What Is Fair?

I'm now fairly convinced that Dainius Zubrus (who apparently does not represent himself, contrary to previous belief) will not be a Washington Capital at the outset of the 2007-08 season. You will recall that I made the argument in this space that the team should trade and re-sign their Lithuanian pivot, but even that seems like perhaps a long-shot now, with Zubie's agent uttering the following:
"As long as the Caps are fair to Dainius, he would like to remain in Washington for the rest of his career. He has a lot more value than just what he does on the ice."
This quote tells me two things. First, that Zubrus wants to get paid. When agents say "fair," they mean "overly generous." After all, like Latrell Sprewell, Zubie no doubt has a family to feed. You want fair? See how Zubrus produces centering the third line, then come with your contract demands.

The second thing the quote tells me is that Zubrus recognizes that his numbers alone aren't enough to justify receiving what he's going to demand (hence the "a lot more value than just what he does on the ice.") While it should be noted that I agree wholeheartedly with this statement, it will be the major point of contention in any contract talks with Zubrus. Further, there's only one team in the NHL that has a real clue about this "off-ice value" that Dainius adds, and that's the Caps (do you expect, say, Columbus to pay a premium for the mentoring skills Zubie has shown the team's young Russian stars?). So the Zubrus camp is, in essence, selling a product with a component that really has only one buyer, and they're going to try to hold that buyer hostage as a result. Is that fair?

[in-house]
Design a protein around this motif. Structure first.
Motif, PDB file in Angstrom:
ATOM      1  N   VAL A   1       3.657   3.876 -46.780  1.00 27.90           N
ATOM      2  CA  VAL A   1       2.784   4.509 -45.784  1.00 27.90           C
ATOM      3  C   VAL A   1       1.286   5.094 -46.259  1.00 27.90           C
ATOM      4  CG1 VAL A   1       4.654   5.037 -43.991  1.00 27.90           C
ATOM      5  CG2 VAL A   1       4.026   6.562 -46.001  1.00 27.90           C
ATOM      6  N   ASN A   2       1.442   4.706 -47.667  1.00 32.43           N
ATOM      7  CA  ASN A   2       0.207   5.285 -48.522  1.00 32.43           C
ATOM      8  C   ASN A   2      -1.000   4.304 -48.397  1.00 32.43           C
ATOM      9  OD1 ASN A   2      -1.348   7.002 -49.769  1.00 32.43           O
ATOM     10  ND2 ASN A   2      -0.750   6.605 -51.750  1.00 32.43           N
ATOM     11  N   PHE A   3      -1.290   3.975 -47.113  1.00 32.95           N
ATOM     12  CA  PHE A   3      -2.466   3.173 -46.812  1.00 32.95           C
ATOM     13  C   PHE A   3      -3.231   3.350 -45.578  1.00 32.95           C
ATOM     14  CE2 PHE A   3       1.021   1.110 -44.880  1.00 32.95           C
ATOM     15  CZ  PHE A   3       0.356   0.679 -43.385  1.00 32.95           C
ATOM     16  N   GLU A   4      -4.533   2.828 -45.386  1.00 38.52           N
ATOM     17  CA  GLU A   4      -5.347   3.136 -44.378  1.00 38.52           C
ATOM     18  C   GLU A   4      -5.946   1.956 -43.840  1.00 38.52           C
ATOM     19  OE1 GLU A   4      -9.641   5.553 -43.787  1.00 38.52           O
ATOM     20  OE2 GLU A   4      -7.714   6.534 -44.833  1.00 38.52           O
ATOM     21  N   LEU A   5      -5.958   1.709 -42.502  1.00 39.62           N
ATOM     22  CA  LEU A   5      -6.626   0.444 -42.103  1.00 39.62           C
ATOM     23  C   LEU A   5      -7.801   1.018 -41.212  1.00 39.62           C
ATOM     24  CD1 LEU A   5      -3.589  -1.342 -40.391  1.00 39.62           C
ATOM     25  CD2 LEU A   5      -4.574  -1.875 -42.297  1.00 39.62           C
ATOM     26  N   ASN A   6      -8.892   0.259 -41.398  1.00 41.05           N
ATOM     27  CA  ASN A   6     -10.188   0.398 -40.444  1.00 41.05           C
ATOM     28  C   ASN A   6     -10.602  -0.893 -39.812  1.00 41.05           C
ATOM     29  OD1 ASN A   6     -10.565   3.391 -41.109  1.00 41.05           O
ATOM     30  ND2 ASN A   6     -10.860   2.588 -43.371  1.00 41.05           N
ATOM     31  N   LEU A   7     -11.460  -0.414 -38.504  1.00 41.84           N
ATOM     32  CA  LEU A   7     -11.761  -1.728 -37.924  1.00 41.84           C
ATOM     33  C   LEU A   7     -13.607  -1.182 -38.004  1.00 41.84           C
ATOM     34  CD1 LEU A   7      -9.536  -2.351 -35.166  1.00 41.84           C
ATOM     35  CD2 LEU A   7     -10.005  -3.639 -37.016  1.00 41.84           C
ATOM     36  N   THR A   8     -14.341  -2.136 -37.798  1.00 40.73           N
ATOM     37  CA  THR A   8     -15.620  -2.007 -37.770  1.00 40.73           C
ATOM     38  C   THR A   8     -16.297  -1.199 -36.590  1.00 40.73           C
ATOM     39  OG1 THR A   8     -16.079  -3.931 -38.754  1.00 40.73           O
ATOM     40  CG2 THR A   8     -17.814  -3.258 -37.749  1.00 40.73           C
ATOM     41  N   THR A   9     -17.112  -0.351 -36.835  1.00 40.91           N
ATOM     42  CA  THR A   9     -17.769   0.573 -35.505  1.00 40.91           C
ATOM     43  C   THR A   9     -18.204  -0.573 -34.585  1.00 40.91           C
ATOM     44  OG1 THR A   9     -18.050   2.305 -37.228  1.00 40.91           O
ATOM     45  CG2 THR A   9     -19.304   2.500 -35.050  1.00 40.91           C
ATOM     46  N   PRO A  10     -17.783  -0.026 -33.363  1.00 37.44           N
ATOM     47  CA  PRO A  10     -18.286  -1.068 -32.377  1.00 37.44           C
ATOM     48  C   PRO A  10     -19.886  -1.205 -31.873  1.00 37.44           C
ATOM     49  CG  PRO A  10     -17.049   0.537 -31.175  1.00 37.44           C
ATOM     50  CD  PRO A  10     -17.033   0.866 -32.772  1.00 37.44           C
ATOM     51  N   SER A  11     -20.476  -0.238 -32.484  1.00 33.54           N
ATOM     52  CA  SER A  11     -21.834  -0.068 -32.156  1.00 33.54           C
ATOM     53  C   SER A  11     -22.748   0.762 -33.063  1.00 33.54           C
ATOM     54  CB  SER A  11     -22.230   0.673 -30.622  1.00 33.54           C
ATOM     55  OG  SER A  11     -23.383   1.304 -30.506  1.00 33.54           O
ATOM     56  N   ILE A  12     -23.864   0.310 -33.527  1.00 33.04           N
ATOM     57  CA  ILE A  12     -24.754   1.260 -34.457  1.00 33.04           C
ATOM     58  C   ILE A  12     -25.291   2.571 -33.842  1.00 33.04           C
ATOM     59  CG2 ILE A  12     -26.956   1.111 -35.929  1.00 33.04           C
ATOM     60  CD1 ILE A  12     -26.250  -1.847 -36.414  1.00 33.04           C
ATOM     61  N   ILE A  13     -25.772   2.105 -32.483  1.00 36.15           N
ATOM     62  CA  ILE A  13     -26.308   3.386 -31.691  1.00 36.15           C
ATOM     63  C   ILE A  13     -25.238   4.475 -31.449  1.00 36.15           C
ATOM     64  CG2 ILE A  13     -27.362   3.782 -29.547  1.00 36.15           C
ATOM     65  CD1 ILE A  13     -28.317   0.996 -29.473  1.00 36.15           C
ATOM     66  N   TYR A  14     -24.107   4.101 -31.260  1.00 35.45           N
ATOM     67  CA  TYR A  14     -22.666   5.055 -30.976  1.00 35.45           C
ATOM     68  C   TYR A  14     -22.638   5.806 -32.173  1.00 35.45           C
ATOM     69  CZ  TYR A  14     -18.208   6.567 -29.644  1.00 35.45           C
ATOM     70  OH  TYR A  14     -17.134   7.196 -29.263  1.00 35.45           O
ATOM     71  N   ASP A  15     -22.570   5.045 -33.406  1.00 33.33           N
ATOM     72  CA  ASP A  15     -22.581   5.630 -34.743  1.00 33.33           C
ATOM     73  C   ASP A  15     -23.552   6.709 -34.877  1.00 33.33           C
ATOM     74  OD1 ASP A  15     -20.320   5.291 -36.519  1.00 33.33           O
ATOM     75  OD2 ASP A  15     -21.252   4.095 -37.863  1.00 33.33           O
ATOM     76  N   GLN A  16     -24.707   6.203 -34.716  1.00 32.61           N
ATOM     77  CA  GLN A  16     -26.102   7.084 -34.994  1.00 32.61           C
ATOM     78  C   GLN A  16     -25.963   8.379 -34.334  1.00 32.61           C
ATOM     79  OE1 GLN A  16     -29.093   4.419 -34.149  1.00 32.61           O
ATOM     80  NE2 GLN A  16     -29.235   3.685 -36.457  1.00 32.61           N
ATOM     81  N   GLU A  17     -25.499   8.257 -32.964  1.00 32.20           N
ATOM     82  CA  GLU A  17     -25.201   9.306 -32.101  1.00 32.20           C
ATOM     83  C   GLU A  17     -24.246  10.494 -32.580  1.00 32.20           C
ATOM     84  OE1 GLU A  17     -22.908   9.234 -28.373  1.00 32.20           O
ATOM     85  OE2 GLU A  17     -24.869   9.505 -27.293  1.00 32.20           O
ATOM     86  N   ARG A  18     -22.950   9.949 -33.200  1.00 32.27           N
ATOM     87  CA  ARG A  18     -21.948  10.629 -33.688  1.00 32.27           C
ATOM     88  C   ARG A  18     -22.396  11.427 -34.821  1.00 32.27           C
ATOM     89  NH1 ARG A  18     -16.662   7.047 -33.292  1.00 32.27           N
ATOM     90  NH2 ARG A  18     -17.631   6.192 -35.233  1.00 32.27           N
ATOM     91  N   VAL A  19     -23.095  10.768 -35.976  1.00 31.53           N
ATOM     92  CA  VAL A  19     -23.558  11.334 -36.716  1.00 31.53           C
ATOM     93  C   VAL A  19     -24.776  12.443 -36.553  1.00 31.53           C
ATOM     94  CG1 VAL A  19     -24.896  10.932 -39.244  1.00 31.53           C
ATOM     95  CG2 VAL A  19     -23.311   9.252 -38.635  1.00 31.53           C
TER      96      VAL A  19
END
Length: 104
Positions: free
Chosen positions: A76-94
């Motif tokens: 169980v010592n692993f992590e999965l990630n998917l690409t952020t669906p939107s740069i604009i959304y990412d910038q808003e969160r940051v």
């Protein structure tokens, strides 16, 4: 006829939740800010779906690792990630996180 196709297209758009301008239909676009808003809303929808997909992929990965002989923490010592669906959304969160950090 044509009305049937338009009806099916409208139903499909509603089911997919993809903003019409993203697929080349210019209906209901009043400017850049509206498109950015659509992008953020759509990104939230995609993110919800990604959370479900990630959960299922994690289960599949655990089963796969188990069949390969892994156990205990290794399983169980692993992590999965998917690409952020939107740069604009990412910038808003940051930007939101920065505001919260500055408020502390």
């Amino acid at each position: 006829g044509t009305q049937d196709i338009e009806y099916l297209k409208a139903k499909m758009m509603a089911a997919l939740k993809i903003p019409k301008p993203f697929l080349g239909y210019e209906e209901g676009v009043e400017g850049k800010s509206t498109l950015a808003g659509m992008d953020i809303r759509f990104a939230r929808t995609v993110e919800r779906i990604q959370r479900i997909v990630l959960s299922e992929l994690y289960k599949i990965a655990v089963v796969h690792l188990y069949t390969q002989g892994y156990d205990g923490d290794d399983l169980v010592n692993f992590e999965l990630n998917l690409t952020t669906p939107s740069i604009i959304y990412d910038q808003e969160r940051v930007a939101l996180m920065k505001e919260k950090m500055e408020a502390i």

The bottom line is that you have a player who wants big bucks but knows he's not worth them, so he inflates his overall value via intangibles that few buyers even care about. The problem is that these unquantifiables are where negotiations fall apart and where feelings get hurt.

With just days before the trade deadline, the team needs to take stock of its assets and make some tough calls, and there is none tougher than Zubrus. Hopefully Zubrus's agent is just posturing and the team and it's top center can agree to a truly "fair" deal that helps the team build for the future and the player secure his financial well-being as well. But I am sure that the team will not overpay (much) for a guy they regard as a second- or third-line center, and from the looks of it, Zubie will be seeking first-line money, bolstered by this amorphous "lot more value." I'm obviously not privy to contract negotiations, but it would seem to me that the team would perhaps be wise to ship him out and see what they can get for his decent numbers and all that "off-ice value" he's pushing so hard. If Zubrus is worth what he and his agent seem to think, it should be quite a windfall for the Caps.

UPDATE: According to Tarik:
Zubrus is looking for a long term deal, four to five years. Money-wise, somwhere between 3.5-4. So it's going to come down to his will to compromise.
Obviously those numbers are too high, and if Zubrus doesn't bend significantly, it's unlikely he'll be a Cap come February 28 and probably even less likely he'll be one in 2007-08.

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